New Discovery: Cas A Supernova Explosion–Seeding the Universe with Building Blocks of Life

Casa1Heavy elements may be no more than rare cosmic pollutants, but they are exceedingly important to us. Without them, solid, rocky planets would be impossible, and the prospects for Earth-like life would be correspondingly dim.

The iron Chandra X Ray Space Telescope has recently imaged in Cas A might one day flow as hemoglobin in the blood of some future alien species. Fast moving knots of silicon from the Cas A supernova could provide the raw material for sand on otherworldly shores, where crashing waves of H2O send thunderous sound waves through a nitrogen-rich atmosphere.

A team of astronomers led by Dr. John Hughes of Rutgers University used observations from NASA's orbital Chandra X-ray Observatory to make an important new discovery that sheds light on how silicon, iron, and other elements were produced in supernova explosions. An X-ray image of Cassiopeia A (Cas A), the remnant of an exploded star, reveals gaseous clumps of silicon, sulfur, and iron expelled from deep in the interior of the star.

Chandra carries an instrument called the Advanced CCD Imaging Spectrometer (ACIS) that can measure the energy of incoming x-ray photons and associate them with specific chemical elements. Using the ACIS, astronomers are taking pictures of Cas A that reveal the distribution of heavy atoms like oxygen, silicon and iron in the supernova's rapidly expanding shell and that show how those elements are mixing into the ambient interstellar medium of gas and dust.
Just last month NASA released new ACIS images of Cas A at x-ray wavelengths emitted by ions of silicon (Si), calcium (Ca), and iron (Fe). On the eastern side of the supernova's shell, Ca and Si images reveal a high speed jet erupting into a relatively low-density region of the interstellar medium.

Scientists speculate that the jet might signify an asymmetry in the original supernova explosion. On the opposite side, observations at radio and other wavelengths indicate that Cas A is plowing into an interstellar molecular gas cloud that confines the shell's outward flow.

Above: Chandra X-ray Images of the Cas A supernova remnant. The silicon image shows a bright, broad jet breaking out of the upper left side of the remnant, and faint streamers in an opposite direction. The calcium image is similar to the silicon image, but less bright and clumpier. The iron image is different from the others. Since iron is the heaviest element shown, these maps support the suggestion that the layers of the star were overturned either before or during the explosion.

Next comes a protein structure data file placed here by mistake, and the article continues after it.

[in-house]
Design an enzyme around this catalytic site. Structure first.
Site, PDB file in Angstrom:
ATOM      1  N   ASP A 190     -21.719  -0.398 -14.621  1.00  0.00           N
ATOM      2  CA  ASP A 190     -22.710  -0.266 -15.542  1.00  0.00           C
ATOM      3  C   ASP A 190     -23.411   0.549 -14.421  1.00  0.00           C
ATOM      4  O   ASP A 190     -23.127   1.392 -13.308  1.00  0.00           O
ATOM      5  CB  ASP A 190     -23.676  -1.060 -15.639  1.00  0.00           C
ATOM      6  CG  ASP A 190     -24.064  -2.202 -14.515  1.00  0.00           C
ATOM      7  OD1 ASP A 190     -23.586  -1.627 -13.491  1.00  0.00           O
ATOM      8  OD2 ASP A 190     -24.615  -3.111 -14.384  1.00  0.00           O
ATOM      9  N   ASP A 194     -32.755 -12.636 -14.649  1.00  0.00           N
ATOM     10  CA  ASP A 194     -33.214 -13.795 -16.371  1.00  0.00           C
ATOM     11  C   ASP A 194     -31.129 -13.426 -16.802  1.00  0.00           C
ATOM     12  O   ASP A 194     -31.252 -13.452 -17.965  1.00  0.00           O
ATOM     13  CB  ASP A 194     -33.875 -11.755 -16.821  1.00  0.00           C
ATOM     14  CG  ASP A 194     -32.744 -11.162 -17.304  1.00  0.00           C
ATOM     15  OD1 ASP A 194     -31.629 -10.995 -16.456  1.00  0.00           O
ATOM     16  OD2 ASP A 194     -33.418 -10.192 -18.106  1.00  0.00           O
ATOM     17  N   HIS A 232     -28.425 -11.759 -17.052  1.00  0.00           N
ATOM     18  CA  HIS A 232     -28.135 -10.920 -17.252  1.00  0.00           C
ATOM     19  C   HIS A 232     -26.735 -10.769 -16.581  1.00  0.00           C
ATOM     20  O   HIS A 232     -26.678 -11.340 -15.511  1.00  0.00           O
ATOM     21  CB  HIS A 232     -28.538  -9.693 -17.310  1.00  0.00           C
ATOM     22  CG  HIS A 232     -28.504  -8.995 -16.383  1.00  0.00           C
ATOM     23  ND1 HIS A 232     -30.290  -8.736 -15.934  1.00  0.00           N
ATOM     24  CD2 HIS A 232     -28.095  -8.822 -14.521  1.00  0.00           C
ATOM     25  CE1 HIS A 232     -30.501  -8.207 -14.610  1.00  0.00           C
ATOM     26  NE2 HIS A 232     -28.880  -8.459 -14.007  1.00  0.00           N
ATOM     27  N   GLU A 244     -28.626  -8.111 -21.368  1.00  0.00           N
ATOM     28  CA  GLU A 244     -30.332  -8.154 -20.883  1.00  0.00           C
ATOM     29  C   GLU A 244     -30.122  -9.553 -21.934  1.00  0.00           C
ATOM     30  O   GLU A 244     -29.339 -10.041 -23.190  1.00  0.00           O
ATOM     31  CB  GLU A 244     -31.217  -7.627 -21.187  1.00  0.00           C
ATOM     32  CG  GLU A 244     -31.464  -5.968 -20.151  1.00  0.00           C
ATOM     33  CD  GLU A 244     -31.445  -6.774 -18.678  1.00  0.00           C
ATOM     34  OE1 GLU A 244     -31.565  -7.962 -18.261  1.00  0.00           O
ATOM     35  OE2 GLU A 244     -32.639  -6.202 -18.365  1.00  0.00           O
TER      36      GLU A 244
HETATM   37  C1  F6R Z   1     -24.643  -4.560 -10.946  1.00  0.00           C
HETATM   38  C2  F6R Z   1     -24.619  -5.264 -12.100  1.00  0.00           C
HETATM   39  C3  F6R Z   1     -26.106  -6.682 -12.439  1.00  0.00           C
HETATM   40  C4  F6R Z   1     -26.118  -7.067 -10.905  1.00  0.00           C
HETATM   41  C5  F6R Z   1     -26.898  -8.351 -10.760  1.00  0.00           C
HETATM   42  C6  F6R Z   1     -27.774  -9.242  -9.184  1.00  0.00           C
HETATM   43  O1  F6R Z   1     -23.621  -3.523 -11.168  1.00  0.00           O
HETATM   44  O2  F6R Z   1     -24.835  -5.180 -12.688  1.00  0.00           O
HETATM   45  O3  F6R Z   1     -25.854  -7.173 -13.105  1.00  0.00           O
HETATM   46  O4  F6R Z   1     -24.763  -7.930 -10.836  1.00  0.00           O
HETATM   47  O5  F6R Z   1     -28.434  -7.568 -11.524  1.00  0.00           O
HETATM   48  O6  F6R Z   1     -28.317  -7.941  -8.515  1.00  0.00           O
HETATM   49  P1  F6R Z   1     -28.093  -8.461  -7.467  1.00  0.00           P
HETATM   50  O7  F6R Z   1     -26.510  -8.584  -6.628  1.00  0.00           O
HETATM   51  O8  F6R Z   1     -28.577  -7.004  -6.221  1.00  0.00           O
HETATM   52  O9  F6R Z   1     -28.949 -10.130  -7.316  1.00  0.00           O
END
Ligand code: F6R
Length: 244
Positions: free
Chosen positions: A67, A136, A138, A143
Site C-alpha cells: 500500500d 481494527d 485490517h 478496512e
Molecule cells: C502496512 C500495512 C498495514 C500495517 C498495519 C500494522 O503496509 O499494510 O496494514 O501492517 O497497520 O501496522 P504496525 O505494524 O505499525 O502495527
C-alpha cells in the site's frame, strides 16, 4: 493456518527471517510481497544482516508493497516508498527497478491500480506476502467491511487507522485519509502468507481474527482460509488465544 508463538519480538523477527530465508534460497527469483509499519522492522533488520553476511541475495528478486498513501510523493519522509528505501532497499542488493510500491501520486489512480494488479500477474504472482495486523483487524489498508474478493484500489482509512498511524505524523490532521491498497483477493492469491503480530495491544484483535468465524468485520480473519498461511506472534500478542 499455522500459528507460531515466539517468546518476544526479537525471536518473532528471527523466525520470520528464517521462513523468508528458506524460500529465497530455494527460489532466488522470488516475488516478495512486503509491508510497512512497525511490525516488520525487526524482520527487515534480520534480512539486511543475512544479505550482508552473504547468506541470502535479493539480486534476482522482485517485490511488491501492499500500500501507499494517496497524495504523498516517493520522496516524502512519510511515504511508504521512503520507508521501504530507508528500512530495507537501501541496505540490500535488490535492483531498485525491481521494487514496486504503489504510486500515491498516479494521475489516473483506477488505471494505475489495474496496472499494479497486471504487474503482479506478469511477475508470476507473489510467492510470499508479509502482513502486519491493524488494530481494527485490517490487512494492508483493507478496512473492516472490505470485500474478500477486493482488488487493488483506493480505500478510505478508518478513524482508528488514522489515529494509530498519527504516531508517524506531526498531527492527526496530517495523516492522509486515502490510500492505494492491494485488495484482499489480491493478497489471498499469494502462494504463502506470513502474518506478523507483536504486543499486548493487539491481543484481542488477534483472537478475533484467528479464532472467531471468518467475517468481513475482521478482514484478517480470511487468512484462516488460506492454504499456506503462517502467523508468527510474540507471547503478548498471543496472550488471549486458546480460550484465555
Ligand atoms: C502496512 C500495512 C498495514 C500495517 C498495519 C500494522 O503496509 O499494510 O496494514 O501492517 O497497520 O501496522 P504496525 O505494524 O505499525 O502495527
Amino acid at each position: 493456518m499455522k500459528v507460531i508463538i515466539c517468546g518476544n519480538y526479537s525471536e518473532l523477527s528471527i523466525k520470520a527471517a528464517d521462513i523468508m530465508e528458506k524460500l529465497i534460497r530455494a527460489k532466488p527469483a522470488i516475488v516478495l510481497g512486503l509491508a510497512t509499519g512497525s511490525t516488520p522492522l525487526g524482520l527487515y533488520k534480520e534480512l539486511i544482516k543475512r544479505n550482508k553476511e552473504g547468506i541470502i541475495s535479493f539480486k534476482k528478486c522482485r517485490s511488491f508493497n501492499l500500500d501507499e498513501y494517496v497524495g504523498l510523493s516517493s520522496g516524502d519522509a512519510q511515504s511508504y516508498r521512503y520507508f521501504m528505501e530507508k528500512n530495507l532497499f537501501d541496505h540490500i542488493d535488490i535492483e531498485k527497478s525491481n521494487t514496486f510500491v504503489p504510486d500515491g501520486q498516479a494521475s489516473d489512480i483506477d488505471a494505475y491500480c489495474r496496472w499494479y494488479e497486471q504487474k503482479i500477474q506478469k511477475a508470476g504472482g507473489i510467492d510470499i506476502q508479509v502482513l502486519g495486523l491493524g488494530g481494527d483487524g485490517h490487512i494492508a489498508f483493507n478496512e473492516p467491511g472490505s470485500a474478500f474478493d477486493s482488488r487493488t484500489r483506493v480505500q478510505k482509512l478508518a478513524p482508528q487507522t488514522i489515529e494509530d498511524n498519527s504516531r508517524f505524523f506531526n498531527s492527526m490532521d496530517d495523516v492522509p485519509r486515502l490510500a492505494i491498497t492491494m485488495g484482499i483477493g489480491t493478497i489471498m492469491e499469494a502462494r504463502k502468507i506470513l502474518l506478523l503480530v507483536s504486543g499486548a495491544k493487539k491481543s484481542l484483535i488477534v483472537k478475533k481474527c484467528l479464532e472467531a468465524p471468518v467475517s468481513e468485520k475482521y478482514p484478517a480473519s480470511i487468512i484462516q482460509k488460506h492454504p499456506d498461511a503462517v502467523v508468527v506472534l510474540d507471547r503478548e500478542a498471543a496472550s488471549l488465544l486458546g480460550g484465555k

There are intriguing differences between the maps of Ca and Si and the map of Fe, which is clumpier and does not show the jet so clearly. Material rich in iron comes from the inner core of the star where fusion temperatures were highest. Scientists have examined these maps carefully and note that iron-containing knots from deepest in the star seem to be nearest the outer edge of the remnant. This means they were flung the furthest by the explosion that created Cas A. [more information]

Cas A's outer envelope is expanding at 800 km/s (about 1.73 million mph). That's rapid enough that images taken by Chandra over the years will show how knots in the shell change and cool. By monitoring these changes, Chandra scientists hope to learn more about how quickly and in what form different elements are deposited into the interstellar medium.

Even after more than 10 billion years of star formation, hydrogen and helium still are overwhelmingly the dominant atoms in the cosmos. Heavier atoms like the ones we see in the shell of Cas A are over represented on Earth because H and He are volatile gases that solar heating drives from the low-gravity terrestrial planets. Massive Jupiter, on the other hand, is made up almost entirely of hydrogen, as is the Sun.


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